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Reconciliation Week events promote respect and positive relationships

Reconciliation Week events promote respect and positive relationships

Reconciliation Week events promote respect and positive relationships

8 June 2018

Townsville Recovery Services staff and participants joined together to celebrate National Reconciliation Week with an underground cooking activity and sharing life experiences.

By Simone Worthing

The Salvation Army joined the wider Australian community in marking National Reconciliation Week, from 27 May-3 June. The theme of this week for 2018 was “Don’t Keep History a Mystery”.

Corps and centres around the country promoted and facilitated respect, trust and positive relationships between and Aboriginal and Torres Strait Islander peoples and the wider Australian community in a number of different ways.

A brief snapshot of National Reconciliation Week (NRW) celebrations in Queensland and Northern Territory is presented below.
Stories on events in the New South Wales and Victoria, click here.


Brisbane Streetlevel Mission invited Lucy Davis, Indigenous Engagement Coordinator for South East Queensland and Andrew McMahon, Outreach Worker, to give a testimony on NRW, and its 2018 theme, on 28 May. A team-building session followed with community members and volunteers, as Lucy and Andrew shared local stories from the Brisbane area.

Lucy Davis (left) and her team preparing the meal at Streetlevel.

At evening chapel on 31 May, an Aboriginal and Torres Strait Islander meal was on the dinner menu, with food prepared by Lucy and Indigenous members of the Streetlevel community. Uncle/Pastor Lionel Henoway gave a message on “How the history of the past effects how we worship in the present”.

Divisional Headquarters hosted a NRW Elders morning tea on 7 June. Several Elders picked a significant part of history and, in a yarning circle, shared why this part of history is important to them and how this part of our shared history affects them today.

In return, Divisional leaders, Lieutenants-Colonel David and Sandra Godkin, and Major Neil Dickson, Divisional Secretary, also shared a part of our shared history and this was discussed as well.

Brisbane Recovery Services Centre (Moonyah) held specific NRW prayer sessions. Bundamba Corps, 35km south west of Brisbane, conducted a church service on Sunday 3 June to acknowledge NRW.

Lieutenant-Colonel David Godkin with Uncle Noel Blair.

Townsville Recovery Services led a “Kup-Murri” (underground cooking) activity with participants and staff on 1 June, as well as a session from the Australians Together series.

“It was a fantastic opportunity to share life, history and the hand of friendship with staff and participants at Townsville Recovery Services,” said Shirli Congoo, Territorial Indigenous Ministries Coordinator.

“While the food was cooking, we walked our friends through our history, followed by a panel of our Elders both Aboriginal and Non-Indigenous sharing their experiences of their lives into adulthood.

“There were many stories of life’s challenges and how they valued their friendship in the midst of oppression and racism towards Aboriginal people.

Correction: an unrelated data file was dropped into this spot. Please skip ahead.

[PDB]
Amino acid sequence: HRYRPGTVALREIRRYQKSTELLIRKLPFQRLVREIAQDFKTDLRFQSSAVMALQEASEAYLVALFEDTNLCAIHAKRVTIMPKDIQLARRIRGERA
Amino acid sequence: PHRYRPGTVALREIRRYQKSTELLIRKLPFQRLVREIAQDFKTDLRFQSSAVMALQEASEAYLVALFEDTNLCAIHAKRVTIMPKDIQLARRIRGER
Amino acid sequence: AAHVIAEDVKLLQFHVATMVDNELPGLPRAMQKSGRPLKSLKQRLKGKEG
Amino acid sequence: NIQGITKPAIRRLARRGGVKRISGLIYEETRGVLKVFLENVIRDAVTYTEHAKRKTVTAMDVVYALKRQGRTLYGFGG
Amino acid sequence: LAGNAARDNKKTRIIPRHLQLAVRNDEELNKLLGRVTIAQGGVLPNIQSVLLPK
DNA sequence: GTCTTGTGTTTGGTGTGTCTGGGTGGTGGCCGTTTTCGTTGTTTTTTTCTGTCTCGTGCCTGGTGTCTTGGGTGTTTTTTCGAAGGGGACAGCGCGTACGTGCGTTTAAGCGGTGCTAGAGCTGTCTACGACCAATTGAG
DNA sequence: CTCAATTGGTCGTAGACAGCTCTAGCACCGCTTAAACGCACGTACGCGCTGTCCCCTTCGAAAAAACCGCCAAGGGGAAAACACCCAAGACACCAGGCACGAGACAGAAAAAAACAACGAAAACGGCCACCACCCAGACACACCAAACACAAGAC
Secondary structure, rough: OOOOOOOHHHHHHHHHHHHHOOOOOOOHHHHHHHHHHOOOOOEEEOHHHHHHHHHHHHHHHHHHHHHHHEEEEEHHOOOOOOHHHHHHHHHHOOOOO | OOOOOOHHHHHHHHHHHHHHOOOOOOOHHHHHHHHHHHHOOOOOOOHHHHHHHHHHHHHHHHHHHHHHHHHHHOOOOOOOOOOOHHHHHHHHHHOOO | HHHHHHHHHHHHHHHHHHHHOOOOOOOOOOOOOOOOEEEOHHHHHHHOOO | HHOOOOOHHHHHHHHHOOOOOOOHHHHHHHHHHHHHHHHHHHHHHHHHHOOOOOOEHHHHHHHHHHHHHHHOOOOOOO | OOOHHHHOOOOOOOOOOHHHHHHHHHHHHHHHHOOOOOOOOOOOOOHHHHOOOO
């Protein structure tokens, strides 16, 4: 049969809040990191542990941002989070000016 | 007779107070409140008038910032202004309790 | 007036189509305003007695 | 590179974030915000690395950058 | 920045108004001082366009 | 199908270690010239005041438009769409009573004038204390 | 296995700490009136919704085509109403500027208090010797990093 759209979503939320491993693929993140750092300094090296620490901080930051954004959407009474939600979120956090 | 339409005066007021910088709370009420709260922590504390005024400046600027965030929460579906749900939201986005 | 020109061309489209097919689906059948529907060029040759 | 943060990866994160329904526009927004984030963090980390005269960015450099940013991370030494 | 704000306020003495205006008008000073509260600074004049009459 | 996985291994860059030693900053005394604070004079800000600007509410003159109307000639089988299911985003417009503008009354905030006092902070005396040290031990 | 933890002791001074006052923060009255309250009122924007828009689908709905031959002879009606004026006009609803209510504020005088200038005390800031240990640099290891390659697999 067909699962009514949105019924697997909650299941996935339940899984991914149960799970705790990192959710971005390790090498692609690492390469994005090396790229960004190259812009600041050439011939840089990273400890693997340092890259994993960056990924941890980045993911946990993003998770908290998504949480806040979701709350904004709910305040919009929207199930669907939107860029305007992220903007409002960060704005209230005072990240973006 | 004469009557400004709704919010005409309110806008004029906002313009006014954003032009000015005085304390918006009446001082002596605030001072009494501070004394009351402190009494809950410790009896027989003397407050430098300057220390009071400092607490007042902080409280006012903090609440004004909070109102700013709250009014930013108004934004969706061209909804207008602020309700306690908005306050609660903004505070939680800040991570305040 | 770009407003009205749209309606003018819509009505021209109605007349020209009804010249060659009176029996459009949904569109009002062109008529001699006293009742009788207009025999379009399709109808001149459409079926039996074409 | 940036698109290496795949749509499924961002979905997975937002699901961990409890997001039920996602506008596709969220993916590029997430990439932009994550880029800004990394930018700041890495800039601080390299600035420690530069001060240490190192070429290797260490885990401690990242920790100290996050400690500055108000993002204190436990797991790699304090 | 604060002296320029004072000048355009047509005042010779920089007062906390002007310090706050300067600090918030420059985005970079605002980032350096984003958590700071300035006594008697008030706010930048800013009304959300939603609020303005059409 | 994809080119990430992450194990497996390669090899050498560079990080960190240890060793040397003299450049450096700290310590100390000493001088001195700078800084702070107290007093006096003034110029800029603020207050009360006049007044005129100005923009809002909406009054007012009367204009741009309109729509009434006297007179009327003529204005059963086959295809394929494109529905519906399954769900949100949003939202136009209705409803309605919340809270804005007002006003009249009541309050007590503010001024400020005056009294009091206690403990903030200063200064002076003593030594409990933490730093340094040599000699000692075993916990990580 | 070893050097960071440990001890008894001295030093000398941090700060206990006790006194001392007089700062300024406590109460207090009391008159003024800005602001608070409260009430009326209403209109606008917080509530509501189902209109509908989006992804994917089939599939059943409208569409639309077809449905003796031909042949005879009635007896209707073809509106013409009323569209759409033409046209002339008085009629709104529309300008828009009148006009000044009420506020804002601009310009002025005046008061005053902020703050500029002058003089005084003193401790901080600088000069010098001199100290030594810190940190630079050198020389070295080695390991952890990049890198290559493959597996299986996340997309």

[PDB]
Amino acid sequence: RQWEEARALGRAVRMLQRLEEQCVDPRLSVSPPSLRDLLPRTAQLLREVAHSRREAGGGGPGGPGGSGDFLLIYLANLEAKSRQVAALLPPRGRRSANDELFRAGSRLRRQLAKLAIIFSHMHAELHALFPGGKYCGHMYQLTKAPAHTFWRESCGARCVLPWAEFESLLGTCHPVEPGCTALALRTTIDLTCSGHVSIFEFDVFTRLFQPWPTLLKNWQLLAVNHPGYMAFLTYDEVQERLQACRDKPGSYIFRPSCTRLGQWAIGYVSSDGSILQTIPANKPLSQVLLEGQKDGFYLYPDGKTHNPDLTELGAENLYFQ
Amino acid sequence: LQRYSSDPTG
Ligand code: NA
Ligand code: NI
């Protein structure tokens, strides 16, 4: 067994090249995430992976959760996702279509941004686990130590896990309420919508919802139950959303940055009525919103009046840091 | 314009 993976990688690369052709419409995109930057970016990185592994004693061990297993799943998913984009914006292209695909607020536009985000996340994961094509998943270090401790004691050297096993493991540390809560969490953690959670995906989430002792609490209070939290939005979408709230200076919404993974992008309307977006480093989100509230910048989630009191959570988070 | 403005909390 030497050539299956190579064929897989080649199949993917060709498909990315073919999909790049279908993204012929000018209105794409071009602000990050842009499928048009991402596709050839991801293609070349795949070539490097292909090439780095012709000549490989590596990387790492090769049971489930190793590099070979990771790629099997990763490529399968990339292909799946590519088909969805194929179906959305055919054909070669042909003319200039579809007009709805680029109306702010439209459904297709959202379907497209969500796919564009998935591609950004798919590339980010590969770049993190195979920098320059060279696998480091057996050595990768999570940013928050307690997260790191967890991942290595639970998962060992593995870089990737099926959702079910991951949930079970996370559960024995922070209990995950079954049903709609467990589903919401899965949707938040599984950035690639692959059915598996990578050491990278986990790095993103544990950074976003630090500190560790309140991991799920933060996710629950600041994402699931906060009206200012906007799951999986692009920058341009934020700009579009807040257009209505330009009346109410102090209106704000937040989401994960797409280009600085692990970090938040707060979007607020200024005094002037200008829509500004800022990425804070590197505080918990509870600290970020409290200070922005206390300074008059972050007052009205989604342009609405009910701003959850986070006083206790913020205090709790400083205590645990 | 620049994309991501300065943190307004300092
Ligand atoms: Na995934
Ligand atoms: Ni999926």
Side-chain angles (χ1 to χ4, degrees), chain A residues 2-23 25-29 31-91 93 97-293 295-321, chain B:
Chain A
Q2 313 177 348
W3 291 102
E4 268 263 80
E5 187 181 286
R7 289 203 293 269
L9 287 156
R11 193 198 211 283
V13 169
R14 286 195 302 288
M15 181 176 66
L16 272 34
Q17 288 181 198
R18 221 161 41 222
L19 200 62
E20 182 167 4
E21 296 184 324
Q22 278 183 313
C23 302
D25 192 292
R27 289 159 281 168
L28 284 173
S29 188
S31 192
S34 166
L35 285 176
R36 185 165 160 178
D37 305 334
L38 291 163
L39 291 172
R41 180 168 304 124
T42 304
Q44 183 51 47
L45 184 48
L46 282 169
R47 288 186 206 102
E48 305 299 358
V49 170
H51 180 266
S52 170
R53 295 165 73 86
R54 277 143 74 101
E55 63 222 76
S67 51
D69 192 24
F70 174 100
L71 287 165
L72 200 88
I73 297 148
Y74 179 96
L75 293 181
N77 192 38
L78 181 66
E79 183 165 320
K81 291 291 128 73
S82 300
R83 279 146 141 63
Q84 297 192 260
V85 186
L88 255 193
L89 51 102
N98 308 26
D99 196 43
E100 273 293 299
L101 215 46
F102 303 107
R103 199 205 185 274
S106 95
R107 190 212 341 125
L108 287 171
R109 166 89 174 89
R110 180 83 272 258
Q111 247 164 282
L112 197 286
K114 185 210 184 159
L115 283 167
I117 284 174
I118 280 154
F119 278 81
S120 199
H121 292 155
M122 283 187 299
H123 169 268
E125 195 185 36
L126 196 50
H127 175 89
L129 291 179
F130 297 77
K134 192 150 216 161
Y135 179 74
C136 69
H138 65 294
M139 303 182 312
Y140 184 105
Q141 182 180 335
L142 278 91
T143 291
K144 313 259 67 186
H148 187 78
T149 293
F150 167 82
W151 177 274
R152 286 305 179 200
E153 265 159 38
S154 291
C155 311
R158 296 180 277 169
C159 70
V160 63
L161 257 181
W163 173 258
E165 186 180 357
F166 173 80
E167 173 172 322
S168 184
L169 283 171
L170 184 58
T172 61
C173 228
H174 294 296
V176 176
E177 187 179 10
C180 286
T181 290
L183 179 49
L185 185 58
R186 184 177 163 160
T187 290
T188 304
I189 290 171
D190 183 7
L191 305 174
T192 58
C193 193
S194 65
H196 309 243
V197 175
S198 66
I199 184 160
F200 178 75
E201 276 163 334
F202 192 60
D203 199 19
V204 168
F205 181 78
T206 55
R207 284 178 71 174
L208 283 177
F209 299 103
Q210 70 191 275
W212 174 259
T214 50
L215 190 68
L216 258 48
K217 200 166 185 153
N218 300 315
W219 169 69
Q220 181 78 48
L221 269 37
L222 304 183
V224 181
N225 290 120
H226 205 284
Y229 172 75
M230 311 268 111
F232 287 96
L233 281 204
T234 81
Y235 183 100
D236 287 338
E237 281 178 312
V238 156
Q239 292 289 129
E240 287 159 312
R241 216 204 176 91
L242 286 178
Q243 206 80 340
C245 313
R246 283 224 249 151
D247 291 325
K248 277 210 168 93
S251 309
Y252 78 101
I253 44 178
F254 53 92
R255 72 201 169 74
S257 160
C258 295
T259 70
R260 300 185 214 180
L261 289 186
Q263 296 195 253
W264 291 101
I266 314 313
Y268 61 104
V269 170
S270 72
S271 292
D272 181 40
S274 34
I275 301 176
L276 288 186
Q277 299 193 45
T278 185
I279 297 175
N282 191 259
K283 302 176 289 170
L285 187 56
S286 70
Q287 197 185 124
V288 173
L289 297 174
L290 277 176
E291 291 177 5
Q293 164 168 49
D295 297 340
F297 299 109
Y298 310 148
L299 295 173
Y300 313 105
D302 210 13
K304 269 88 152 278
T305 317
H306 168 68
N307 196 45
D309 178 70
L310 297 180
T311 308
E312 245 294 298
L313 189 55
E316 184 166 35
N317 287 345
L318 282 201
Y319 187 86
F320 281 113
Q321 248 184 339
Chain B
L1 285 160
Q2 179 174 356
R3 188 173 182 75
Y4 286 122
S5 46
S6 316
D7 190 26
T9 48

“It was a powerful morning of learning, sharing, questions and prayer. We stand together.”


Northern Territory


The Palmerston Corps, Darwin, marked Sorry Day on Friday 25 May.

“It was a ‘Top End’ celebration, together with the Darwin Corps, and clients from our Sunrise Recovery Centre, Red Shield Hostel, Catherine Booth House, and those experiencing homelessness,” said Captain Katie Ryan, Palmerston Corps Officer.

“The focus was on reflection and bringing awareness of the day and what it was all about.

“When we use the word ‘celebrate’, it’s not in the sense of ‘happy happy’, as we’re talking about the Stolen Generation and what they have been through. It’s about respectfully acknowledging them and what is, for many of them, a real and lived experience.

“It was just a great day of remembering the significance and importance of Sorry Day.”

As part of the day, those gathered worked on bush craft, weaving, and learning to build a fire. A staffer from the Sunrise Centre played the didgeridoo.

Beverley, Indigenous Salvation Army worker from Catherine Booth House, spoke about her firsthand experience as a member of the Stolen Generation and explained the significance of Sorry Day.

John Rogers, case worker and RAP team member.

“Our dream is that, next year, we can build on this event,” said Captain Ryan.

“As a corps in the Northern Territory where most of our community is Indigenous, it’s crucial that we, as The Salvation Army, reflect our Vision Statement in our work and stand up to say that it’s significant and important to acknowledge what has been done in the past, so that healing can happen. 

“Our Indigenous brothers and sisters need to know that we stand alongside them, that we want to be part of this, and that we take these matters seriously.

“The Northern Territory has the top rate of almost everything – alcohol consumption and abuse, domestic violence, it’s all here. We live and breathe the Vision Statement – it’s not hard to find someone who needs to be loved.”


[National Vision Statement: Wherever there is hardship or injustice Salvos will live, love and fight alongside others to transform Australia one life at a time with the love of Jesus.]







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